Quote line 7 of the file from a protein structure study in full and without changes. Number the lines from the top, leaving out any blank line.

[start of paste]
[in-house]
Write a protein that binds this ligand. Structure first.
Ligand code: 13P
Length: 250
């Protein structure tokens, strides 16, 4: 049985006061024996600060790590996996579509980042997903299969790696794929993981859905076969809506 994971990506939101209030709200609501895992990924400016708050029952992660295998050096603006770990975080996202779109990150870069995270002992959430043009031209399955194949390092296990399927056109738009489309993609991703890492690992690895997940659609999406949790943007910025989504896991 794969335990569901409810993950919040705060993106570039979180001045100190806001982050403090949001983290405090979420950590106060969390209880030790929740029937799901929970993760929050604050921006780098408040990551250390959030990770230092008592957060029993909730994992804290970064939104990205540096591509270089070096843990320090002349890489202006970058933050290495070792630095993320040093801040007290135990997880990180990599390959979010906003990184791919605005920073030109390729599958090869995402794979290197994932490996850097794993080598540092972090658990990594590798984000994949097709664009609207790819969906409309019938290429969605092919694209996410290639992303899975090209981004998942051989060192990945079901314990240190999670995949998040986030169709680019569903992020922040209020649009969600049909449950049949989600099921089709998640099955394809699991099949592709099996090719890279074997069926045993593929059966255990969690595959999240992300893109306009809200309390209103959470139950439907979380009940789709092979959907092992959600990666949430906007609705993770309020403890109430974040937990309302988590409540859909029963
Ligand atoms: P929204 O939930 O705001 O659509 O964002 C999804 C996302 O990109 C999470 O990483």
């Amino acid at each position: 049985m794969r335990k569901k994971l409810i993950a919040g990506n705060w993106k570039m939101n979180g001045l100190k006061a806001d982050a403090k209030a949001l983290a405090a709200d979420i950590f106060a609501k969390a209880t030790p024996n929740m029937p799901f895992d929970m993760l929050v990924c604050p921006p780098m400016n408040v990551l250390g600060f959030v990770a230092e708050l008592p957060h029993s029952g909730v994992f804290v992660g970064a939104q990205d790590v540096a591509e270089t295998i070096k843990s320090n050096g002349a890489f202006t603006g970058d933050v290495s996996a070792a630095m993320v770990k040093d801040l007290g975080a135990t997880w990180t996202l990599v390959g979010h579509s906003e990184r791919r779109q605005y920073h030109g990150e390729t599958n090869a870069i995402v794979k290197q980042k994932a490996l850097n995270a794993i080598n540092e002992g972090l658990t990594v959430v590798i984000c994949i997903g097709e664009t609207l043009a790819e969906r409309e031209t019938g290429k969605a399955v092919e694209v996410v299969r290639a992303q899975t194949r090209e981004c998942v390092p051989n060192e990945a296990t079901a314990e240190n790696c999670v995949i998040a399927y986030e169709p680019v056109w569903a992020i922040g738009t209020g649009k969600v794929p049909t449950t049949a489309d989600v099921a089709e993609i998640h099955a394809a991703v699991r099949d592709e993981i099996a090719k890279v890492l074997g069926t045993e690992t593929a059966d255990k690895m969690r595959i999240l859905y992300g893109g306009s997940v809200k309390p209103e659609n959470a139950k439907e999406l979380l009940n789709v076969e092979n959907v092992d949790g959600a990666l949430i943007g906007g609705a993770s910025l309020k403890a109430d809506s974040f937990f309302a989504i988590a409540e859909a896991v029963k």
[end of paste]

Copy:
């Amino acid at each position: 049985m794969r335990k569901k994971l409810i993950a919040g990506n705060w993106k570039m939101n979180g001045l100190k006061a806001d982050a403090k209030a949001l983290a405090a709200d979420i950590f106060a609501k969390a209880t030790p024996n929740m029937p799901f895992d929970m993760l929050v990924c604050p921006p780098m400016n408040v990551l250390g600060f959030v990770a230092e708050l008592p957060h029993s029952g909730v994992f804290v992660g970064a939104q990205d790590v540096a591509e270089t295998i070096k843990s320090n050096g002349a890489f202006t603006g970058d933050v290495s996996a070792a630095m993320v770990k040093d801040l007290g975080a135990t997880w990180t996202l990599v390959g979010h579509s906003e990184r791919r779109q605005y920073h030109g990150e390729t599958n090869a870069i995402v794979k290197q980042k994932a490996l850097n995270a794993i080598n540092e002992g972090l658990t990594v959430v590798i984000c994949i997903g097709e664009t609207l043009a790819e969906r409309e031209t019938g290429k969605a399955v092919e694209v996410v299969r290639a992303q899975t194949r090209e981004c998942v390092p051989n060192e990945a296990t079901a314990e240190n790696c999670v995949i998040a399927y986030e169709p680019v056109w569903a992020i922040g738009t209020g649009k969600v794929p049909t449950t049949a489309d989600v099921a089709e993609i998640h099955a394809a991703v699991r099949d592709e993981i099996a090719k890279v890492l074997g069926t045993e690992t593929a059966d255990k690895m969690r595959i999240l859905y992300g893109g306009s997940v809200k309390p209103e659609n959470a139950k439907e999406l979380l009940n789709v076969e092979n959907v092992d949790g959600a990666l949430i943007g906007g609705a993770s910025l309020k403890a109430d809506s974040f937990f309302a989504i988590a409540e859909a896991v029963k």